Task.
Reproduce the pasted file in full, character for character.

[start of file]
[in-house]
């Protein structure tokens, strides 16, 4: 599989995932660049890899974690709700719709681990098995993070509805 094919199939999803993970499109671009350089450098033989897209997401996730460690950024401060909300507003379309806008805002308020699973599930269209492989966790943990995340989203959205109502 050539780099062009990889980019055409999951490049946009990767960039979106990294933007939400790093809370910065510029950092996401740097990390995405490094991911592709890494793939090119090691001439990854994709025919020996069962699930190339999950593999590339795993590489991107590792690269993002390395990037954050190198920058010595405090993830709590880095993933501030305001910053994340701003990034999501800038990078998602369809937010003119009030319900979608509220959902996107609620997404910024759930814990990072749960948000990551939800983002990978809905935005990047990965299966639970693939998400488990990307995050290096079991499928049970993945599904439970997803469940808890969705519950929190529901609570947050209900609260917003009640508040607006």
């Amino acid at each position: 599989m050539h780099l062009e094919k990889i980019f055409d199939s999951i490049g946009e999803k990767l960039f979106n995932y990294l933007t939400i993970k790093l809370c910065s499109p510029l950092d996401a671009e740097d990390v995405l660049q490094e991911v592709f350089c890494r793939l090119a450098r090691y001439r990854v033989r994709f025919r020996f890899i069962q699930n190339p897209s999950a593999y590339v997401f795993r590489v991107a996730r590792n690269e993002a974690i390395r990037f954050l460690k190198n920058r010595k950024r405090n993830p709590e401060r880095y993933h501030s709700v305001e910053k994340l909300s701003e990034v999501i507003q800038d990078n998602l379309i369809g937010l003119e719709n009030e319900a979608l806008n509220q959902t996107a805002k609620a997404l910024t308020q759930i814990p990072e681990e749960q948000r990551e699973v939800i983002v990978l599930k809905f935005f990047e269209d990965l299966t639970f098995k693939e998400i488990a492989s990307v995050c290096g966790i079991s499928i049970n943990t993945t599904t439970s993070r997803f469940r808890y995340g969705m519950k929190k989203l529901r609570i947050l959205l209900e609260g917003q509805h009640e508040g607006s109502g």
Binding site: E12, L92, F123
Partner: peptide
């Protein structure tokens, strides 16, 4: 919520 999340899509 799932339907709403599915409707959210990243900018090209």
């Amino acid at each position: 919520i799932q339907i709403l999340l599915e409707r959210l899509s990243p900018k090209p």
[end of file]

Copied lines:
[in-house]
């Protein structure tokens, strides 16, 4: 599989995932660049890899974690709700719709681990098995993070509805 094919199939999803993970499109671009350089450098033989897209997401996730460690950024401060909300507003379309806008805002308020699973599930269209492989966790943990995340989203959205109502 050539780099062009990889980019055409999951490049946009990767960039979106990294933007939400790093809370910065510029950092996401740097990390995405490094991911592709890494793939090119090691001439990854994709025919020996069962699930190339999950593999590339795993590489991107590792690269993002390395990037954050190198920058010595405090993830709590880095993933501030305001910053994340701003990034999501800038990078998602369809937010003119009030319900979608509220959902996107609620997404910024759930814990990072749960948000990551939800983002990978809905935005990047990965299966639970693939998400488990990307995050290096079991499928049970993945599904439970997803469940808890969705519950929190529901609570947050209900609260917003009640508040607006």
């Amino acid at each position: 599989m050539h780099l062009e094919k990889i980019f055409d199939s999951i490049g946009e999803k990767l960039f979106n995932y990294l933007t939400i993970k790093l809370c910065s499109p510029l950092d996401a671009e740097d990390v995405l660049q490094e991911v592709f350089c890494r793939l090119a450098r090691y001439r990854v033989r994709f025919r020996f890899i069962q699930n190339p897209s999950a593999y590339v997401f795993r590489v991107a996730r590792n690269e993002a974690i390395r990037f954050l460690k190198n920058r010595k950024r405090n993830p709590e401060r880095y993933h501030s709700v305001e910053k994340l909300s701003e990034v999501i507003q800038d990078n998602l379309i369809g937010l003119e719709n009030e319900a979608l806008n509220q959902t996107a805002k609620a997404l910024t308020q759930i814990p990072e681990e749960q948000r990551e699973v939800i983002v990978l599930k809905f935005f990047e269209d990965l299966t639970f098995k693939e998400i488990a492989s990307v995050c290096g966790i079991s499928i049970n943990t993945t599904t439970s993070r997803f469940r808890y995340g969705m519950k929190k989203l529901r609570i947050l959205l209900e609260g917003q509805h009640e508040g607006s109502g």
Binding site: E12, L92, F123
Partner: peptide
């Protein structure tokens, strides 16, 4: 919520 999340899509 799932339907709403599915409707959210990243900018090209």
């Amino acid at each position: 919520i799932q339907i709403l999340l599915e409707r959210l899509s990243p900018k090209p």